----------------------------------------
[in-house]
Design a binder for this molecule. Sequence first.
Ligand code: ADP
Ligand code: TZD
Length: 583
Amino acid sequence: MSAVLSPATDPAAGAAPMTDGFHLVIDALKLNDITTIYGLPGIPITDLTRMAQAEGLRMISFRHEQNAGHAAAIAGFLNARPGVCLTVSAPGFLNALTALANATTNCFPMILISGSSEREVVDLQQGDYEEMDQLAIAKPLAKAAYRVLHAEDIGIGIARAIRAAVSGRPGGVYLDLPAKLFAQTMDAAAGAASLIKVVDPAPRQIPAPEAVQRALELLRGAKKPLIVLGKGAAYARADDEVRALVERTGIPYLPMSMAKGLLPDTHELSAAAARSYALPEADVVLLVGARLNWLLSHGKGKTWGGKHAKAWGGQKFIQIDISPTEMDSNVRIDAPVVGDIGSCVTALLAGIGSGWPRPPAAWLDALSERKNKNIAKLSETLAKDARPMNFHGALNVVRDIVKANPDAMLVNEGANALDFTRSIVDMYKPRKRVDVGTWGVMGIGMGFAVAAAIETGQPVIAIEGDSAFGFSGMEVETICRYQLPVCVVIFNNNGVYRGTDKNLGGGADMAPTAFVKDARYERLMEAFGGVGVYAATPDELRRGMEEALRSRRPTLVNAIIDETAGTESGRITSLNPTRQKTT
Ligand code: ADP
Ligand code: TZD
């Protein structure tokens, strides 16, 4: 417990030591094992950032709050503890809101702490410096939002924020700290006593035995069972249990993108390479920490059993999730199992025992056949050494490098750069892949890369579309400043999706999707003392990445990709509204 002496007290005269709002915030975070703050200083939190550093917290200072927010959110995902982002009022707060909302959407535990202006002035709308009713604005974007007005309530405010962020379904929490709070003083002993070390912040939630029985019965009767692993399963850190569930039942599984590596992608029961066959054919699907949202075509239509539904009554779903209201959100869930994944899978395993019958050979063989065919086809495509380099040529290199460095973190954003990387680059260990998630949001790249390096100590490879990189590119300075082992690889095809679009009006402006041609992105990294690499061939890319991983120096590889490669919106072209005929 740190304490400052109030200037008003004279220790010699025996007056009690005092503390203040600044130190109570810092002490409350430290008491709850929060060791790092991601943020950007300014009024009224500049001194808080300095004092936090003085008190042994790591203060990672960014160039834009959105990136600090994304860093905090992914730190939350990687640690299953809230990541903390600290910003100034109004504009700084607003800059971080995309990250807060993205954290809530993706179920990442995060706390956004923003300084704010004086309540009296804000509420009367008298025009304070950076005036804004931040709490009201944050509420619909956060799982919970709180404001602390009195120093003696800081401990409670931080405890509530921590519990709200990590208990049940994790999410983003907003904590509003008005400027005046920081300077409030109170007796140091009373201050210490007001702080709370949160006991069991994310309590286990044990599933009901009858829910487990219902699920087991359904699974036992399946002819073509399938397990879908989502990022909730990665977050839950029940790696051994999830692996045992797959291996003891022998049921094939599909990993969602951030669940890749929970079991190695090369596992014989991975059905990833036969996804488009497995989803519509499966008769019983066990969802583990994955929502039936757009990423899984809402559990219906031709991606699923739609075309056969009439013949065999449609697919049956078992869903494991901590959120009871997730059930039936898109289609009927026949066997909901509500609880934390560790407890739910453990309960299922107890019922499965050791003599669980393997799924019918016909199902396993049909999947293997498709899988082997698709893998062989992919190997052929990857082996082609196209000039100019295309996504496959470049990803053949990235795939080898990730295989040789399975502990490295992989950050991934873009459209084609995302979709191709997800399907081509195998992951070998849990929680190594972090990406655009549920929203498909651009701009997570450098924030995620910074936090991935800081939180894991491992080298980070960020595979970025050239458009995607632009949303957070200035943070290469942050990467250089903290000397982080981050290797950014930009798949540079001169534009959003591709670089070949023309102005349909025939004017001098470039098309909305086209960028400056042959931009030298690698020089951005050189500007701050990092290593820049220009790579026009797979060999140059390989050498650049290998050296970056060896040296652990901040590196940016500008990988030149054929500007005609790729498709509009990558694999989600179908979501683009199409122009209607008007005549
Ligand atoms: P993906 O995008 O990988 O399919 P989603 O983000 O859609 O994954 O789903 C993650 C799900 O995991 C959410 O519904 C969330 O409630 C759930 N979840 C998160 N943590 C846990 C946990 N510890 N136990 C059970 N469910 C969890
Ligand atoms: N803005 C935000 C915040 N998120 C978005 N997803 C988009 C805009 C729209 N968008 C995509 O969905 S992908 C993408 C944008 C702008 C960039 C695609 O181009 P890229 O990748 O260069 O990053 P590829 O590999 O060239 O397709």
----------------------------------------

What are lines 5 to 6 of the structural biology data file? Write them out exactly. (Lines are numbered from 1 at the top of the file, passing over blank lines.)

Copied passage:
Length: 583
Amino acid sequence: MSAVLSPATDPAAGAAPMTDGFHLVIDALKLNDITTIYGLPGIPITDLTRMAQAEGLRMISFRHEQNAGHAAAIAGFLNARPGVCLTVSAPGFLNALTALANATTNCFPMILISGSSEREVVDLQQGDYEEMDQLAIAKPLAKAAYRVLHAEDIGIGIARAIRAAVSGRPGGVYLDLPAKLFAQTMDAAAGAASLIKVVDPAPRQIPAPEAVQRALELLRGAKKPLIVLGKGAAYARADDEVRALVERTGIPYLPMSMAKGLLPDTHELSAAAARSYALPEADVVLLVGARLNWLLSHGKGKTWGGKHAKAWGGQKFIQIDISPTEMDSNVRIDAPVVGDIGSCVTALLAGIGSGWPRPPAAWLDALSERKNKNIAKLSETLAKDARPMNFHGALNVVRDIVKANPDAMLVNEGANALDFTRSIVDMYKPRKRVDVGTWGVMGIGMGFAVAAAIETGQPVIAIEGDSAFGFSGMEVETICRYQLPVCVVIFNNNGVYRGTDKNLGGGADMAPTAFVKDARYERLMEAFGGVGVYAATPDELRRGMEEALRSRRPTLVNAIIDETAGTESGRITSLNPTRQKTT